am 8. Mai 1999
The real reason behind the U.S.'s entry into WWI. In just 200 pages, Tuchman balances an international cast of major and supporting characters; intrigues, both serious and ludicrous; and lessons in the contemporary state of global politics. Tuchman wraps this mix up with a crackling narration that places this whole sordid affair into context without overburdening the text with cumbersome details. An incredible accomplishment, but no surprise since it's a Barbara Tuchman book.
am 17. August 2013
I came to learn about the Zimmerman Telegram in a sort of backward way; I learned about it in a German history class at school.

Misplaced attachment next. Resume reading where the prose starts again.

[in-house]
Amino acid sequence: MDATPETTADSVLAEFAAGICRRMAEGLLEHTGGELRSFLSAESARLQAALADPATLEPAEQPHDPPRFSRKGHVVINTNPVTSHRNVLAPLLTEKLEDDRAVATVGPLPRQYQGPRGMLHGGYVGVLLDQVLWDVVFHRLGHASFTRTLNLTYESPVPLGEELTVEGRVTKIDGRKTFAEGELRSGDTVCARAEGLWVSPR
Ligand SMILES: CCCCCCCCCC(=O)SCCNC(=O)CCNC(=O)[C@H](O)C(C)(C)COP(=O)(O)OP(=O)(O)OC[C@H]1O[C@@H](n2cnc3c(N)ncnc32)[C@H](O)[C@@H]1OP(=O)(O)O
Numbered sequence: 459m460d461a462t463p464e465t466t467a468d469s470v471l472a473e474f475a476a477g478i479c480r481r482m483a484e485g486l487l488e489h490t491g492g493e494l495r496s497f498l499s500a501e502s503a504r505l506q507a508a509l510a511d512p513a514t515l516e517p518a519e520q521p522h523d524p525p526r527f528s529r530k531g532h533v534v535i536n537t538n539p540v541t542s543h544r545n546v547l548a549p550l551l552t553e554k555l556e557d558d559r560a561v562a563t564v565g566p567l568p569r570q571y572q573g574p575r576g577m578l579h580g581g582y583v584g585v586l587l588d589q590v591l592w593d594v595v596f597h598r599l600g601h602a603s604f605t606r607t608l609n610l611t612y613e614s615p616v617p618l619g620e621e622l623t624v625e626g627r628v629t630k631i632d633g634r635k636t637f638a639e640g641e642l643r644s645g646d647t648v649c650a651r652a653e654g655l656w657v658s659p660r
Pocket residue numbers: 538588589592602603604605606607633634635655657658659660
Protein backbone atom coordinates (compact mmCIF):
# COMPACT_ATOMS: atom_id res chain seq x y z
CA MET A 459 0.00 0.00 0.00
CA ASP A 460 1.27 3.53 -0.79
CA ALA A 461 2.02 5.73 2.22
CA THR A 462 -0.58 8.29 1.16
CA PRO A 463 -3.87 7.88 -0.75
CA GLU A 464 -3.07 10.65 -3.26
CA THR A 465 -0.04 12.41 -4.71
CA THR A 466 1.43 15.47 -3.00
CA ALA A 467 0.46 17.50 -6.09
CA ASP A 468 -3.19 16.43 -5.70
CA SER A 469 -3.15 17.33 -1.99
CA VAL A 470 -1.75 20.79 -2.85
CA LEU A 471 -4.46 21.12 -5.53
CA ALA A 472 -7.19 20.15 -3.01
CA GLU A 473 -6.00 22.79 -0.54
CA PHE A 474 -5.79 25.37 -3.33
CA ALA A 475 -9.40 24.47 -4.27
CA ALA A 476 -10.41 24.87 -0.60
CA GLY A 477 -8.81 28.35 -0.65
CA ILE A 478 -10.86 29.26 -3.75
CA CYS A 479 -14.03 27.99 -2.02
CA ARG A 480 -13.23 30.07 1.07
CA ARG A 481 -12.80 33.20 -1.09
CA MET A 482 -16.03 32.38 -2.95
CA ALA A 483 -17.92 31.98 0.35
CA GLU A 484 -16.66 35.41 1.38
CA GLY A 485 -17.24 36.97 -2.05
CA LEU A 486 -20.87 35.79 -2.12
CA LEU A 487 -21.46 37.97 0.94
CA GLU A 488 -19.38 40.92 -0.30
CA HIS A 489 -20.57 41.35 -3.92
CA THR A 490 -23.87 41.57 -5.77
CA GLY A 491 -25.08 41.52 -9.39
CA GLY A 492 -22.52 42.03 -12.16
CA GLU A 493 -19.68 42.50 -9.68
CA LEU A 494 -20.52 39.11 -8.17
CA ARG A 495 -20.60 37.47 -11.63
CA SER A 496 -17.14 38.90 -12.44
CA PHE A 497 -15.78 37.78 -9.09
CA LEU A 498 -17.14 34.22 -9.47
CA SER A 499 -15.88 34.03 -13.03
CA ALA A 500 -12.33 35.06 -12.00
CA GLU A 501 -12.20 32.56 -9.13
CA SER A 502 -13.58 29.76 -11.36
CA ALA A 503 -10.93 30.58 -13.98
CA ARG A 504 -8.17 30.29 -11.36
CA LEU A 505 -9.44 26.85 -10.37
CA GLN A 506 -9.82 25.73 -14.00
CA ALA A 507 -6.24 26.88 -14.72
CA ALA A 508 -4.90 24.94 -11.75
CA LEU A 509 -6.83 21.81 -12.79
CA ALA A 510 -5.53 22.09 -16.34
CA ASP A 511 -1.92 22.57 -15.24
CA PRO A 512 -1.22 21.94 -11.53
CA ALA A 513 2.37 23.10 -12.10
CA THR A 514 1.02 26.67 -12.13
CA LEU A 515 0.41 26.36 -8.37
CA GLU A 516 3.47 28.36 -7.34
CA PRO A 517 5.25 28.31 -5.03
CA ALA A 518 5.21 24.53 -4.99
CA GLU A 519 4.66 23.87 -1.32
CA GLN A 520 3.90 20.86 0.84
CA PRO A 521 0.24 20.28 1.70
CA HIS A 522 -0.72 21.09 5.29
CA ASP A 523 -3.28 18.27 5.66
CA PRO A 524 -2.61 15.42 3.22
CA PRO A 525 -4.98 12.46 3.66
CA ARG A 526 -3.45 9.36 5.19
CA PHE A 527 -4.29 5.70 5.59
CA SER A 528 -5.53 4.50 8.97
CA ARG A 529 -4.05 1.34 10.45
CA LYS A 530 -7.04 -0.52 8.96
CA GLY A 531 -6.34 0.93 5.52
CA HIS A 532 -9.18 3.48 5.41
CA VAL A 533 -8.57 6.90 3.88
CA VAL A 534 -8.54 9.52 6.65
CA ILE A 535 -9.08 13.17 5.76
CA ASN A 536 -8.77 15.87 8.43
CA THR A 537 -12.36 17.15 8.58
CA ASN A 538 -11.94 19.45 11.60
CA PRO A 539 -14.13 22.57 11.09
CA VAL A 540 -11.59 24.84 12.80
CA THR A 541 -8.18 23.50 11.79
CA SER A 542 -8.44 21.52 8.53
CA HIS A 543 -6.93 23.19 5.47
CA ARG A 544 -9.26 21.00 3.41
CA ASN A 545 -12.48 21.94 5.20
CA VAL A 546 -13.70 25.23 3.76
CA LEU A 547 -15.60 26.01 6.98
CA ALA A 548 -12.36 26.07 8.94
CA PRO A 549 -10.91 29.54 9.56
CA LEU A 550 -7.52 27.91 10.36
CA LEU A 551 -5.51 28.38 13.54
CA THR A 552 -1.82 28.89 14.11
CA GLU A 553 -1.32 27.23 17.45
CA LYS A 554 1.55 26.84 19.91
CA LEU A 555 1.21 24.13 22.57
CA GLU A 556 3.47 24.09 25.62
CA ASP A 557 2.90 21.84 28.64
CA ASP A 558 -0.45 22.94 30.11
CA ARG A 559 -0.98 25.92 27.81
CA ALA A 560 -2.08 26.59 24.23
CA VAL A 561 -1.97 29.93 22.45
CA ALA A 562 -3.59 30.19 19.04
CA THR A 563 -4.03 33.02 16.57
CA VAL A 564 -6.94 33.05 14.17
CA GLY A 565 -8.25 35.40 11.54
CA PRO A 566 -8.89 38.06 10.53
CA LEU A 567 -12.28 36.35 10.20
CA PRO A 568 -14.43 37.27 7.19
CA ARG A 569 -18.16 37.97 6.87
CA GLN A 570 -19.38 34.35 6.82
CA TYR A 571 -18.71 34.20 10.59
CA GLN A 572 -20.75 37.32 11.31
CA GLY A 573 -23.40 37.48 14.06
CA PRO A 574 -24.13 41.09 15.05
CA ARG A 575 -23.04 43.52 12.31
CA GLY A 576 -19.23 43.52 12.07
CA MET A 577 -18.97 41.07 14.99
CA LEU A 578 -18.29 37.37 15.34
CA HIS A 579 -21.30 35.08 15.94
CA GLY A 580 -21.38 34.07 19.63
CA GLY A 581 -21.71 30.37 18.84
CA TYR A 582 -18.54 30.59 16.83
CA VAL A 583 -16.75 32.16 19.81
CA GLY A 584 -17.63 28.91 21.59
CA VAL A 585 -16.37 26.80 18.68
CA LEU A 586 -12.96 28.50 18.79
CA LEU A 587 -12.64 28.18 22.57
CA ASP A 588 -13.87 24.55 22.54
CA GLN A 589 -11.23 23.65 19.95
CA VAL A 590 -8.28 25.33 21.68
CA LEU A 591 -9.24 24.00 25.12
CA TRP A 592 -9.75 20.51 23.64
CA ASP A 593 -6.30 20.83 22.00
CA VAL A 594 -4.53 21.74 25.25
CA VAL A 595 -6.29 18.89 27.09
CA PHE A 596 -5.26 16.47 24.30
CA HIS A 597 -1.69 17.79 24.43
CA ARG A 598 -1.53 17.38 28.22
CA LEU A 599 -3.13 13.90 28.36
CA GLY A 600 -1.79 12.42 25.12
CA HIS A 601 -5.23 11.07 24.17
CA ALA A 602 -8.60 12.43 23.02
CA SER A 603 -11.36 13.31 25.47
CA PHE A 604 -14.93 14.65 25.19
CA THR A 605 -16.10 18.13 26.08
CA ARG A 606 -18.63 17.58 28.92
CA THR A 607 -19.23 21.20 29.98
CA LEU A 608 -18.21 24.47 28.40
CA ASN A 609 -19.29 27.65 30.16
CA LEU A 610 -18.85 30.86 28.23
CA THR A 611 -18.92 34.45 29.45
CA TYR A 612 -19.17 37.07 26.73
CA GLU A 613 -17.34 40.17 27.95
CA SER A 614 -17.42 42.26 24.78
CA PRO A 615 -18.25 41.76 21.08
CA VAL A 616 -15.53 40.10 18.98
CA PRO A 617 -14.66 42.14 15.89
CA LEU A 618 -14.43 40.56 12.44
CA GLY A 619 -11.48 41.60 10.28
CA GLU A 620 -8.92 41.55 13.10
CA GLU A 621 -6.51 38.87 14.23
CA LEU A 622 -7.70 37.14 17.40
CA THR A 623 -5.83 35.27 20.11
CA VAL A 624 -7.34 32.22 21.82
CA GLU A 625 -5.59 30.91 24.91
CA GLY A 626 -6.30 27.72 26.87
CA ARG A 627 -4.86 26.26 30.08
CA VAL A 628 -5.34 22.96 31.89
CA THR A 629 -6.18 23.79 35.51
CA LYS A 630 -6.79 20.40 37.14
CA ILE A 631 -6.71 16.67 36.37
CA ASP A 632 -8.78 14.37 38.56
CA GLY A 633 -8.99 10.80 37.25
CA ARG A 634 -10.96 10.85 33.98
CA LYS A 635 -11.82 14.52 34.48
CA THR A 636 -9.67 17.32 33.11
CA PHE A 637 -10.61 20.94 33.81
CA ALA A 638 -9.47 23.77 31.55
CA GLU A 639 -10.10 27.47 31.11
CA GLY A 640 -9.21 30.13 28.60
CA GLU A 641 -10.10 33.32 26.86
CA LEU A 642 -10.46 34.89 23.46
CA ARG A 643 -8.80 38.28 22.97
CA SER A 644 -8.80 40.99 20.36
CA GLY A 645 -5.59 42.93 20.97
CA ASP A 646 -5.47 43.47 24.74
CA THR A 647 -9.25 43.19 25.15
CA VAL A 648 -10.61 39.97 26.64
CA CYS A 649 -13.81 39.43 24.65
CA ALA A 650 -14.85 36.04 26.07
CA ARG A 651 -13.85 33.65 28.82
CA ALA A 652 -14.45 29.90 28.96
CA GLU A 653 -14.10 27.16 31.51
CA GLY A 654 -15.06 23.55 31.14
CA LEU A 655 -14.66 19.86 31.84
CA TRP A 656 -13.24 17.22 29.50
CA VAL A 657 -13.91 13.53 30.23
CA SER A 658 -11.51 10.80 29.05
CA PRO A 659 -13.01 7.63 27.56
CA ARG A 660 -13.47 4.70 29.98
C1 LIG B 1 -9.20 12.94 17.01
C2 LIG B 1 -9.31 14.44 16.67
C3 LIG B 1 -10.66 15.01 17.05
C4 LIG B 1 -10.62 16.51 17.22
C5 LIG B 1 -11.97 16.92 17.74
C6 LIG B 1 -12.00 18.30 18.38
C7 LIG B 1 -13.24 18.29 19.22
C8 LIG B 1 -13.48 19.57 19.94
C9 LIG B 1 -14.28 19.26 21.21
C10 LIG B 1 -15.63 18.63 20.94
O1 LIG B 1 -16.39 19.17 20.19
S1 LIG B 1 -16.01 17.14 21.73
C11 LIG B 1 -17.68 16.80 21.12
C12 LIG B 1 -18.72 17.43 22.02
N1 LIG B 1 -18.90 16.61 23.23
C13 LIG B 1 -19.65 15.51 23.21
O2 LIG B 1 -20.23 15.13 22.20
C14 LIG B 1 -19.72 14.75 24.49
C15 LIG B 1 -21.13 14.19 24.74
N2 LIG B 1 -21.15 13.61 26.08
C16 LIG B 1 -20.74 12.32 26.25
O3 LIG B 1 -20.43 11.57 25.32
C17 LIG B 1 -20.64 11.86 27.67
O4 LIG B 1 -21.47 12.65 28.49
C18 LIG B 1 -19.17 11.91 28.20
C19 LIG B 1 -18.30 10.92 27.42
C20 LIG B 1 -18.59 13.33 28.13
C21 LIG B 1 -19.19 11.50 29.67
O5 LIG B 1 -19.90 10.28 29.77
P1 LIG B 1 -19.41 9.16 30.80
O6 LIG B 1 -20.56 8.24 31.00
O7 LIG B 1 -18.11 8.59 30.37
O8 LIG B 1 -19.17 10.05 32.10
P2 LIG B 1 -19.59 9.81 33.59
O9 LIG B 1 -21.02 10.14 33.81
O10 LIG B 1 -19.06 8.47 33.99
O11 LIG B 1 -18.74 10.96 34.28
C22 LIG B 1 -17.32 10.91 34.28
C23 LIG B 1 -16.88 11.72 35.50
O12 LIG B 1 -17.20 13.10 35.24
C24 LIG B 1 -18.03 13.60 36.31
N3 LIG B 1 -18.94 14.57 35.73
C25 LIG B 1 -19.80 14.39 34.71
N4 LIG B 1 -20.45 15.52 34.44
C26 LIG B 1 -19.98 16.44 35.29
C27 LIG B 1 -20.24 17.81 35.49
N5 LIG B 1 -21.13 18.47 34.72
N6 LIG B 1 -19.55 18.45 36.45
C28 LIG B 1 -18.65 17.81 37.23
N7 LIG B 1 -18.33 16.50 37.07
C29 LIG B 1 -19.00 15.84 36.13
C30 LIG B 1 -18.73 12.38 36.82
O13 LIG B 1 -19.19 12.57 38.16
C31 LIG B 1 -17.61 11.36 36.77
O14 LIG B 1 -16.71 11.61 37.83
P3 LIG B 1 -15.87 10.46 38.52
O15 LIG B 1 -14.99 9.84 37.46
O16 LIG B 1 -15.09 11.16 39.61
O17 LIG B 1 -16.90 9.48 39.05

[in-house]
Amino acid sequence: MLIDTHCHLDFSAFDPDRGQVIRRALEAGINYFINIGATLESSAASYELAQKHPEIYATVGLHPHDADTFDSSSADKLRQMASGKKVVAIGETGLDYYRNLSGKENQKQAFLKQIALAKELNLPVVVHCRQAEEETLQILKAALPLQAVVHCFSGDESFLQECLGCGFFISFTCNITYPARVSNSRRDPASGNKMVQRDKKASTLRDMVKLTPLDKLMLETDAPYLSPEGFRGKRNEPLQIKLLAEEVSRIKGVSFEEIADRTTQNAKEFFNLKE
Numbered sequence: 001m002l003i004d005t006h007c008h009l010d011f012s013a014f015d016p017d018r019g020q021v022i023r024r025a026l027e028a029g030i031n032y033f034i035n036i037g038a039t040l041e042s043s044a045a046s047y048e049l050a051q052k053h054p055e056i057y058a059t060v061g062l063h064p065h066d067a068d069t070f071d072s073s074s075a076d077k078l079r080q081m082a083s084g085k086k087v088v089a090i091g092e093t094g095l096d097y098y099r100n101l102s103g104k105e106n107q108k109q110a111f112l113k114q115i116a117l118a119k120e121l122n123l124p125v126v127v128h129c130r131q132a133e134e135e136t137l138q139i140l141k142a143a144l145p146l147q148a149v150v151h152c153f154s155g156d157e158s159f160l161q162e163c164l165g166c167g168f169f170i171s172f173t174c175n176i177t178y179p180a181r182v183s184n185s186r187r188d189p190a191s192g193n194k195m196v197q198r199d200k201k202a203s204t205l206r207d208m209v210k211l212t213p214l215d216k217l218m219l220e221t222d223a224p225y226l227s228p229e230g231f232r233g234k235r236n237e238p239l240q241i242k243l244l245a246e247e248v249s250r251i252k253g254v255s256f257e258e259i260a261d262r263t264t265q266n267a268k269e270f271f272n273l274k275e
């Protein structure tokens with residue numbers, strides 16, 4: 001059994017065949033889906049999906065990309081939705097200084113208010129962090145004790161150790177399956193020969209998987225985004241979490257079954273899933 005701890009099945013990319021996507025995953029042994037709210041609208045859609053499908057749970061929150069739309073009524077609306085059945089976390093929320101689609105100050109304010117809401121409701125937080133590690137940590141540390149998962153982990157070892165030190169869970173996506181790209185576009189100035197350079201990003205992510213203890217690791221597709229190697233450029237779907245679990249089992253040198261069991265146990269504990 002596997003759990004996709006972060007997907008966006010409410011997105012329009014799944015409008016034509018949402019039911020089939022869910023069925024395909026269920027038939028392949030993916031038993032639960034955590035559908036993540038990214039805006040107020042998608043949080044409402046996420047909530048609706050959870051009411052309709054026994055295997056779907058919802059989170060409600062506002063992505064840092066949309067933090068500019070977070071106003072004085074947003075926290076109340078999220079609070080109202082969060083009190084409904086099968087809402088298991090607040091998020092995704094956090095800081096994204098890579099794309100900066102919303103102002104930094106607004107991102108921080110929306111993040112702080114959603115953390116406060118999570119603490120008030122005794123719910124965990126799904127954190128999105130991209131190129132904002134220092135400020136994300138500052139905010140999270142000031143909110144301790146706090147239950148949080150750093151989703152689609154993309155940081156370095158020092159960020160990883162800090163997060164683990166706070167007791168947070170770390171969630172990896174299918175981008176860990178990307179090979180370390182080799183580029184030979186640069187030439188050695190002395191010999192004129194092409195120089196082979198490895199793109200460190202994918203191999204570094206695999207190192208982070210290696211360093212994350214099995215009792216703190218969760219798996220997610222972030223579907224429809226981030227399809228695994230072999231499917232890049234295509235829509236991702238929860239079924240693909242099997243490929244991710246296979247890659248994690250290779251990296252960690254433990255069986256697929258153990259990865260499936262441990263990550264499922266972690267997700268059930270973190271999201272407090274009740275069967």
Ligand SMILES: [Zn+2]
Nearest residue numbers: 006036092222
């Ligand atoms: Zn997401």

It was interesting but not until I saw that there was a Barbara Tuchman book (author of "The Guns of August") did I decide to dive in a little deeper.
You will be intrigued and find that even though the main subject of the book is the Zimmerman Telegram that it is the various people involved that makes the story come to life.
"The Americans were always calling upon the Munro doctrine as if it was some sort of covenant established by God, giving them rights over the rest of the hemisphere. Wilhelm believed that if God were going to play favorites He would choose Germany."
am 6. Januar 2000
A good book, and it answered all of the ?'s I have ever had and it even told me more. I recommend the book but feel that I must tell all, that at times it can be boring, but stick with it, because it does get better.